Maddow Heaves NY Times Under the Bus in Ongoing Feud With PolitiFact

Don't hold your breath waiting for any (further) glowing profiles of Rachel Maddow from the Gray Lady. MSNBC's in-house Victorian Gent has upped the ante in her years-long pissing contest with media watchdog PolitiFact, which ran a post critical of Maddow last week at one of its offshoots, PunditFact.

The PunditFact post took Maddow to task for claiming on her June 3 show that the Pentagon "made up" a narrative of Army Private Jessica Lynch as a Ramboesque super-soldier who bravely fought off Iraqi attackers, despite grievous wounds, when her company was ambushed three days after the start of the Iraq war in 2003. (Video after the jump)

Turns out that initial reports about Lynch's vaunted heroism were way off the mark. Contrary to those early stories, and as Lynch has insisted all along, she did not fight back against Iraqi soldiers because her weapon jammed before she could reel off a single shot.

On her show Monday night, Maddow did what she does when challenged -- unleashed a petty barrage while barely containing a facade of forced hilarity. PolitiFact, Maddow claimed, is a "modern plague in the news business," the journalistic equivalent of Prancercise.

"That's what PolitiFact is doing to our country and our news literacy," Maddow claimed. "PolitiFact is to real fact checking what Prancercise is to exercise. You can do it on your own, but don't call it the real word. You can't have the word fact."

Maddow then tried to show how PolitiFact via its PunditFact post was off the mark. For example, Maddow pointed out, the Military Times on April 3, 2003 ran a story about Lynch in which a Navy captain claimed that "we do have very strong indications that Jessica Lynch was not captured very easily. ... Reports are that she fired her (M-16) rifle until she had no more ammunition."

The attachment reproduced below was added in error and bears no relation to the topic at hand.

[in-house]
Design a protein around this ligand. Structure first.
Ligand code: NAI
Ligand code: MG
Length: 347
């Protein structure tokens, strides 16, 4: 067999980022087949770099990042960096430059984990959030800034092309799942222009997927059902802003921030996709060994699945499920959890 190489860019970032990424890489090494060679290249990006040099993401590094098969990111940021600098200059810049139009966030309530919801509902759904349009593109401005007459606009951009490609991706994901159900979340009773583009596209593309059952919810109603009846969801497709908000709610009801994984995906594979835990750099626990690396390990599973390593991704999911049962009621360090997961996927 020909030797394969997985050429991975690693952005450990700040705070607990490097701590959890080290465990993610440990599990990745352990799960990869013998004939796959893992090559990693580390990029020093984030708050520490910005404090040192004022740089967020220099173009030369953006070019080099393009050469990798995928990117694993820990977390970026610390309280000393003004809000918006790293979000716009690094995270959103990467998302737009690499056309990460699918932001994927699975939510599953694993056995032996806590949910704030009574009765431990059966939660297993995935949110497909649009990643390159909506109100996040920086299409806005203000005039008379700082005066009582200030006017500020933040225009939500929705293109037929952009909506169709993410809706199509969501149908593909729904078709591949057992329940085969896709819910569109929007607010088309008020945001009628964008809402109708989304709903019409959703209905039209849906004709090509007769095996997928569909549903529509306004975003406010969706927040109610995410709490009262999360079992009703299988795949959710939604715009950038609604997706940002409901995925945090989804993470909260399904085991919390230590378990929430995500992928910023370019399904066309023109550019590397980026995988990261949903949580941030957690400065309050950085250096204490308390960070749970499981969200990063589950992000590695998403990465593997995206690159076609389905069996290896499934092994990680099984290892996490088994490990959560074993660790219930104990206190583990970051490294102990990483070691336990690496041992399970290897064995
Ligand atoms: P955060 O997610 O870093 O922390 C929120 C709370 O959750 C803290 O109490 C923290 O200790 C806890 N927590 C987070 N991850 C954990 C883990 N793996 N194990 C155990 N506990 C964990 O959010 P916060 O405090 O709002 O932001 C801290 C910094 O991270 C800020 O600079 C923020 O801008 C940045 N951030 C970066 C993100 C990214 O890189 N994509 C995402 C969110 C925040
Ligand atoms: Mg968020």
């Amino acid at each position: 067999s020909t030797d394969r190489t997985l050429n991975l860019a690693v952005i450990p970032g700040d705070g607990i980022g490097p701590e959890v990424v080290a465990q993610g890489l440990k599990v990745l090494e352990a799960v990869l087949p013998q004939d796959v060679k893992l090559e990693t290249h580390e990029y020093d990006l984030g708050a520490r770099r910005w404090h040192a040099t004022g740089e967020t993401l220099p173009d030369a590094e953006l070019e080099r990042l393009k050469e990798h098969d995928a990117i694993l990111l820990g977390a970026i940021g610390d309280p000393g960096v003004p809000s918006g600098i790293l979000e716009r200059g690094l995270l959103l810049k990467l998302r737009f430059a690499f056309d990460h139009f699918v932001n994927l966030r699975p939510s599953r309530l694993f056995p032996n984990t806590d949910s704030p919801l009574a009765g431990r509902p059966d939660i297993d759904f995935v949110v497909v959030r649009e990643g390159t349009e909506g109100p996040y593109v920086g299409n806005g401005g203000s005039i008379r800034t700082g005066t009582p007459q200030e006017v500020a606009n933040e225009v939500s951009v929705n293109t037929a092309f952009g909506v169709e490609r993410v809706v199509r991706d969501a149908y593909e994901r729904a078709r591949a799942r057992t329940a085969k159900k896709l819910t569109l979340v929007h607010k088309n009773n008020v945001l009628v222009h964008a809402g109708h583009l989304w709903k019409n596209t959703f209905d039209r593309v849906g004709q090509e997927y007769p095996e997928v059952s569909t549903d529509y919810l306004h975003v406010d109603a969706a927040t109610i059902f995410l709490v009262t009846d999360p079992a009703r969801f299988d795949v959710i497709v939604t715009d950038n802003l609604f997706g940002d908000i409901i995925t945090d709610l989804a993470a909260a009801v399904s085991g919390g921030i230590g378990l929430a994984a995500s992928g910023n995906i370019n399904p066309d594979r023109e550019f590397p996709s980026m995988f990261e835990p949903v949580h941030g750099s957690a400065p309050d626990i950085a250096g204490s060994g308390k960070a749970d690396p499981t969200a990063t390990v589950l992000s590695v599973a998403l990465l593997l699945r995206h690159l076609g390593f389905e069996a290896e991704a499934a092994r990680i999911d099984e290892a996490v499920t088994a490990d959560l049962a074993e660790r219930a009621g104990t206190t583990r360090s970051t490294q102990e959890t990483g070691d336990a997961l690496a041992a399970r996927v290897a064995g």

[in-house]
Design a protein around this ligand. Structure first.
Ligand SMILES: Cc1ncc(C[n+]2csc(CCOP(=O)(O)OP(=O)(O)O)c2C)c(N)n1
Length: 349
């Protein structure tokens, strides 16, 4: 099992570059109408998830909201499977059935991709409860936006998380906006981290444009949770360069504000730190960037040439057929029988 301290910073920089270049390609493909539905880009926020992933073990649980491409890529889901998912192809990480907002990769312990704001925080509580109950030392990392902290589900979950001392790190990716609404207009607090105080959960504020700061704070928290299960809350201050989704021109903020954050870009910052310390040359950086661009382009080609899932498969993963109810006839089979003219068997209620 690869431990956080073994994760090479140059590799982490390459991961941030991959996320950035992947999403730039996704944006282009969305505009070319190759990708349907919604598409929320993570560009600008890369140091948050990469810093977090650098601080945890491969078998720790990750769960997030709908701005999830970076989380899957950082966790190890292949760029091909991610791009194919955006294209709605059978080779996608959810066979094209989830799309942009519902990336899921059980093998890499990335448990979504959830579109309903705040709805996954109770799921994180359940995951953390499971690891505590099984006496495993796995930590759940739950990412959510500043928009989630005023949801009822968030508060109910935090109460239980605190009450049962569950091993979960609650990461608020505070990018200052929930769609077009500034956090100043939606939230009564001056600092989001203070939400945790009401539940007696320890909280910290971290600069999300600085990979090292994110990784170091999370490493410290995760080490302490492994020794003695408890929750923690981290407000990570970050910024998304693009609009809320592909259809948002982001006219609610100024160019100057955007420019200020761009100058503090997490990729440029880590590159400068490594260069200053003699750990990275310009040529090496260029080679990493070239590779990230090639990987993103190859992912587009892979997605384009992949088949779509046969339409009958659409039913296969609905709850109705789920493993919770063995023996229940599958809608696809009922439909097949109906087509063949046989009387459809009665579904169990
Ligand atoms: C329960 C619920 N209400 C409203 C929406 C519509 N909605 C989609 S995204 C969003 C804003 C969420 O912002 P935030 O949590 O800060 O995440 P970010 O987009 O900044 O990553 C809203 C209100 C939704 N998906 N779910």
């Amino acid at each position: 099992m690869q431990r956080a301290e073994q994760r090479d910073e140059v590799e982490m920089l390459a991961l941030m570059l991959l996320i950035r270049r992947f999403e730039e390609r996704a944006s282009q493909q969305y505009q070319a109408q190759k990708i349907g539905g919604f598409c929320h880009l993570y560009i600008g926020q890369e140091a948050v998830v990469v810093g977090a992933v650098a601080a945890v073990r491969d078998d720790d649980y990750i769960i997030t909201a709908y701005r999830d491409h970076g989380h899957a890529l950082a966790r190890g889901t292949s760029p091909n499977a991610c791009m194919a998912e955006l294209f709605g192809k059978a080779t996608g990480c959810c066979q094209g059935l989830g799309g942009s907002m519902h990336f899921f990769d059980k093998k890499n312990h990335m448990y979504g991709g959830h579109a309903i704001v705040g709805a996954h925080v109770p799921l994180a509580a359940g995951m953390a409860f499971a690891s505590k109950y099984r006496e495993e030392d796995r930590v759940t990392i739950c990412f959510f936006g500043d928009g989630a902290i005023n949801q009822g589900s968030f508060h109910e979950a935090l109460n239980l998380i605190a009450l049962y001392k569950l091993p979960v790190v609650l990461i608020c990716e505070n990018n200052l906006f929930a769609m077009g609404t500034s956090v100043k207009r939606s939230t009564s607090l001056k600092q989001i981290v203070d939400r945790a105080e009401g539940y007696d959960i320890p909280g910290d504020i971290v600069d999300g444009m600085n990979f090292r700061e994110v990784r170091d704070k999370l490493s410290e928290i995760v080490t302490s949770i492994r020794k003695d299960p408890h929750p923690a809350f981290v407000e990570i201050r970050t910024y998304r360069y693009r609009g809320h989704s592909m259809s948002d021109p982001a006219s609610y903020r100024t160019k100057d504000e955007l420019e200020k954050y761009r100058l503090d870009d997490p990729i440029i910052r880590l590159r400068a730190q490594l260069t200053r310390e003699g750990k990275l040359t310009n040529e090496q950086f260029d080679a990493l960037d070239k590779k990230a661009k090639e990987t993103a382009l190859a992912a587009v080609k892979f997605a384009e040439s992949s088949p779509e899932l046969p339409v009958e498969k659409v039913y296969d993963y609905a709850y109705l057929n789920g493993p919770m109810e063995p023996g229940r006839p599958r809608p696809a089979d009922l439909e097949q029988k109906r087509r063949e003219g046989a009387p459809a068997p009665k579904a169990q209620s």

"That information," Maddow said, "straight from a military public affairs official, was not true. It was made up. But it landed in press reports anyway."

Notice the use of "made up" here by Maddow. It would not be the only time she'd say this on Monday.

The New York Times, Maddow then claimed, "also printed a story about Jessica Lynch's rescue that contained made-up information about her supposed heroism, information that was provided to the New York Times by a U.S. Army official."

But the April 2, 2003 Times' story cited by Maddow makes no such mention of any "heroism" from Lynch. This is as close as the story got --

Military officials said shortly after the ambush that Private Lynch's convoy had come under attack from two Iraqi-55 tanks and a company-size unit of foot soldiers believed to be among the fedayeen irregulars, not Iraqi troops, which mounted attacks on advancing allied troops beginning that weekend.

This explains why the only portion of the Times' story specifically cited by Maddow was this -- "An Army official said tonight that Private Lynch had several gunshot wounds." But the fact that Lynch was wounded in the ambush is beyond dispute; the basis for her purported heroism came from Lynch allegedly fighting off Iraqi soldiers until she was captured.

The April 2, 2003 Times story also reported that "it was not clear whether the Special Operations forces had to engage Iraqi combatants to rescue the American soldier." Whether Lynch sustained her wounds in the ambush or rescue remained unclear at that point.

None of this matters to Maddow -- as far as she's concerned, the NY Times blithely "made up" an account of Lynch's "heroism" even though the very story cited by Maddow contains no such reporting.

Is Maddow even dimly aware that the term "made up" has a specific meaning in journalism? Janet Cooke "made up" her Pulitzer Prize-winning account on an 8-year-old heroin junkie named Jimmy -- for which she was fired from the Washington Post and the award returned. Stephen Glass "made up" dozens of stories for The New Republic, a despicable practice repeated several years later by Jayson Blair at the New York Times, both bringing painful and fully warranted embarrassment to their publications.

In her laughable self-righteousness toward PolitiFact, Maddow claims the New York Times manufactured an important detail in its reporting on Lynch -- when in fact it is Maddow who is the fantasist. Look no further for evidence of why MSNBC is the least trusted name in news.

Jack Coleman
Jack Coleman
Ex-liberal from People's Republic of Massachusetts